WASHINGTON (AP) — Bankrate Inc., an online publisher of widely read consumer-finance data, has agreed to pay a $15 million fine to settle federal regulators' charges that it manipulated its financial results to meet Wall Street's expectations.
The Securities and Exchange Commission on Tuesday announced the settlement of civil charges of accounting fraud with Bankrate and a former vice president of finance at the company. Bankrate, based in North Palm Beach, Florida, neither admitted nor denied wrongdoing. It has agreed to refrain from future violations of the securities laws.
The former vice president, Hyunjin Lerner, agreed to resolve allegations that he and two other Bankrate executives ran a scheme to inflate revenues and omit some expenses from reports to meet analysts' estimates for the second quarter of 2012. Lerner is paying a $150,000 fine and making restitution of $30,045 that he allegedly gained from selling Bankrate stock after the company announced the false results and the share price rose from $15.95 to $17.57.
Lerner also was barred for five years from serving as an officer or director of any public company, and for at least five years from working as an accountant for one.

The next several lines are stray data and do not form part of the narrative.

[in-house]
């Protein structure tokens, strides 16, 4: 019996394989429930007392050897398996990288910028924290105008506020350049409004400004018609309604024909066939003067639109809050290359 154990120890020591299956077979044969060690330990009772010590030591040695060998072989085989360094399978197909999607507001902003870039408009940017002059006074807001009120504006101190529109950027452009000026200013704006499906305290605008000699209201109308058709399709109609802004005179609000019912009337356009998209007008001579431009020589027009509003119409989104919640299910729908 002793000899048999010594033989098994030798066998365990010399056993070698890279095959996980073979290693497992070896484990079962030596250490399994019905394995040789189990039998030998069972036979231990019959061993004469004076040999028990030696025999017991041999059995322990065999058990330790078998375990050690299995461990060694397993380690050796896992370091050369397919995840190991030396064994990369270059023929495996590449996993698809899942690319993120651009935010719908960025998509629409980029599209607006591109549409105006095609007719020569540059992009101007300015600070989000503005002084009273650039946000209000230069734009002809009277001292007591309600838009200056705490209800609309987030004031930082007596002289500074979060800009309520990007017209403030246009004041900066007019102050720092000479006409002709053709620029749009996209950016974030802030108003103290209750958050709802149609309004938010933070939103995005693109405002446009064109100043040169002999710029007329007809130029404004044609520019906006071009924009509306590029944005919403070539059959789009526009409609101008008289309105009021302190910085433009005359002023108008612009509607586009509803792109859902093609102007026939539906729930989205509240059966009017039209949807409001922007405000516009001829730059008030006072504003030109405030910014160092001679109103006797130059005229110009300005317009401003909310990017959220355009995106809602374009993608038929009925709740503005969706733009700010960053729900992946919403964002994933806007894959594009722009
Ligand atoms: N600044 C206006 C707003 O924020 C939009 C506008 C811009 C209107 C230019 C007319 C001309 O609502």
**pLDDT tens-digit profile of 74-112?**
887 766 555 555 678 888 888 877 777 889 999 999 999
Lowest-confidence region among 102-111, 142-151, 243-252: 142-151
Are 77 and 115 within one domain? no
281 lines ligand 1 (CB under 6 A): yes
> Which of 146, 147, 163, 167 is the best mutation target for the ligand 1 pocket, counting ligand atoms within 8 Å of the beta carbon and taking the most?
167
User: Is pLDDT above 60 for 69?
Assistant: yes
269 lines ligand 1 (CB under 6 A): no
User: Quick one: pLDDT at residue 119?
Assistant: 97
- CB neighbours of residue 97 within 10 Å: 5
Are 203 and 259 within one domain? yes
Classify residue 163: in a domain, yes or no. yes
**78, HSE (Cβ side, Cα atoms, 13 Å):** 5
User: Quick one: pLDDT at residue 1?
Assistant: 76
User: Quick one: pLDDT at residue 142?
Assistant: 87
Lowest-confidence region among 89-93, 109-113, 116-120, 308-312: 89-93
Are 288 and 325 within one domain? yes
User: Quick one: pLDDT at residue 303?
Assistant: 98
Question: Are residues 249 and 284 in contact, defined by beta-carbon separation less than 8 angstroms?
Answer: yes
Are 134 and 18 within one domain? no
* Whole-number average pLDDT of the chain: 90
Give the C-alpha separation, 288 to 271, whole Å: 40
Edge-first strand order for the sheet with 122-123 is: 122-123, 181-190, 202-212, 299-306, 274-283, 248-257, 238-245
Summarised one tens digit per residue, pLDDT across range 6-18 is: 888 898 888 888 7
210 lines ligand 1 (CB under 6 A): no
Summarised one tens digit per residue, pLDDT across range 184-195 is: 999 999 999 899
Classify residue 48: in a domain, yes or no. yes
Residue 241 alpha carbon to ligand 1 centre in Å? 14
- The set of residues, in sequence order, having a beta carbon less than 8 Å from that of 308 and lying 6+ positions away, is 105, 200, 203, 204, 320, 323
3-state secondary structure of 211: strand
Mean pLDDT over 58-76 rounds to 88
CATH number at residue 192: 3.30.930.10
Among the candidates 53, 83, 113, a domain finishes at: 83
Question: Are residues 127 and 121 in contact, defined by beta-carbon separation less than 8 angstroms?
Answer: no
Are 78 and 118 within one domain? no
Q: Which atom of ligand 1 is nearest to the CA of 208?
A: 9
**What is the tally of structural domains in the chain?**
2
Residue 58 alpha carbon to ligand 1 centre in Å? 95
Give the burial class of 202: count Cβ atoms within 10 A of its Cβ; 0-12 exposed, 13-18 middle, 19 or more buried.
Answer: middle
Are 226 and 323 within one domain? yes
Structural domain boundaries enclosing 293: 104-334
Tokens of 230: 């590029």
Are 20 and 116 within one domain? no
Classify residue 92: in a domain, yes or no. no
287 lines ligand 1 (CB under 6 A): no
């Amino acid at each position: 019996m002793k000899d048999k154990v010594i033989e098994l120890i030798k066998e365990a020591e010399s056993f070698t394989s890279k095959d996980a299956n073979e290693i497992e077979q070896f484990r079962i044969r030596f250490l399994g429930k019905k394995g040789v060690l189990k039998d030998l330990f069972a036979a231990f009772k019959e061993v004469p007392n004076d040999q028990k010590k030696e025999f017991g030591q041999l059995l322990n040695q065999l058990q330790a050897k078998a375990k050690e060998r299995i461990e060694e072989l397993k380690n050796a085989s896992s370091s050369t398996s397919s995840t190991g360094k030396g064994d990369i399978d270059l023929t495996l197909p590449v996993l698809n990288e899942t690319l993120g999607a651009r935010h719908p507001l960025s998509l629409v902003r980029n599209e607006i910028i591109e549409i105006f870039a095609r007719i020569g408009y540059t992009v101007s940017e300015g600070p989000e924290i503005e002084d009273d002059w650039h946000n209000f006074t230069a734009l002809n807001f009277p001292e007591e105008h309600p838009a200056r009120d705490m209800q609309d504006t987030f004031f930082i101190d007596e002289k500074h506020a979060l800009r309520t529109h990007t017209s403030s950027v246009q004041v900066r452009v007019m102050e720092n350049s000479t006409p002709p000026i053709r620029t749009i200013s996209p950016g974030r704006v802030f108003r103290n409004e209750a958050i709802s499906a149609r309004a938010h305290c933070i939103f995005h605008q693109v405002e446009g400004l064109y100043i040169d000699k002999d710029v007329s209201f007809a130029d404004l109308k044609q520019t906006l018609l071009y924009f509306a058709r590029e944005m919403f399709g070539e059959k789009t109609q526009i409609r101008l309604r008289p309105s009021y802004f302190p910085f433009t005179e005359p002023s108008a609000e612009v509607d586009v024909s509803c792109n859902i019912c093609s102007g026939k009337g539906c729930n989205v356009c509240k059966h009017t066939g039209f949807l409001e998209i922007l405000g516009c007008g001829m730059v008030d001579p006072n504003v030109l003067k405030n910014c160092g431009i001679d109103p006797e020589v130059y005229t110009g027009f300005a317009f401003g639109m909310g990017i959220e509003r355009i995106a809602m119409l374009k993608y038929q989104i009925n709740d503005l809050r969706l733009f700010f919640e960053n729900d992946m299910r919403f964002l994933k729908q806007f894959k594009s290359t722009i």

The SEC is continuing the case against the two others, who are contesting the charges: Edward DiMaria, Bankrate's former chief financial officer, and Matthew Gamsey, its ex-accounting director. DiMaria sold more than $2 million in Bankrate stock to profit from the artificially inflated stock price, the agency alleged.
An attorney for DiMaria, Barry Berke, said the allegations were "unfair" and DiMaria expects to be vindicated. "At all times, Edward DiMaria worked diligently and in good faith to make sure that Bankrate's financial reporting accurately reflected the company's performance," Berke said in a statement.
Gamsey's attorney, Robert Knuts, said his client "did nothing wrong by raising concerns early in the financial reporting process about certain accounting entries that were immaterial to Bankrate's unaudited financial statements." Gamsey looks forward to establishing his innocence in court, Knuts said.
In its complaint filed against Gamsey, the SEC quotes from emails he sent to Lerner acknowledging that the accounting entries in question would have to be reversed in the following quarter.
"We allege that at the highest levels of its accounting department, Bankrate improperly inflated its financial performance to avoid falling short of Wall Street's expectations," SEC Enforcement Director Andrew Ceresney said in a statement.
The $15 million fine against Bankrate is a "significant" penalty for a company of its size, Ceresney told reporters in a conference call. Bankrate had revenue of $544.9 million and net income of $6.1 million in 2014.
The company is best known for its Bankrate.com website, which lists current data on interest rates, credit cards, insurance, mortgages, auto loans and other areas. Bankrate also licenses content to news organizations including The Wall Street Journal, The New York Times and USA Today.
Bankrate said in a statement that it restated its earnings to resolve the allegedly false accounting. The company also said it previously set aside $15 million to cover the settlement amount.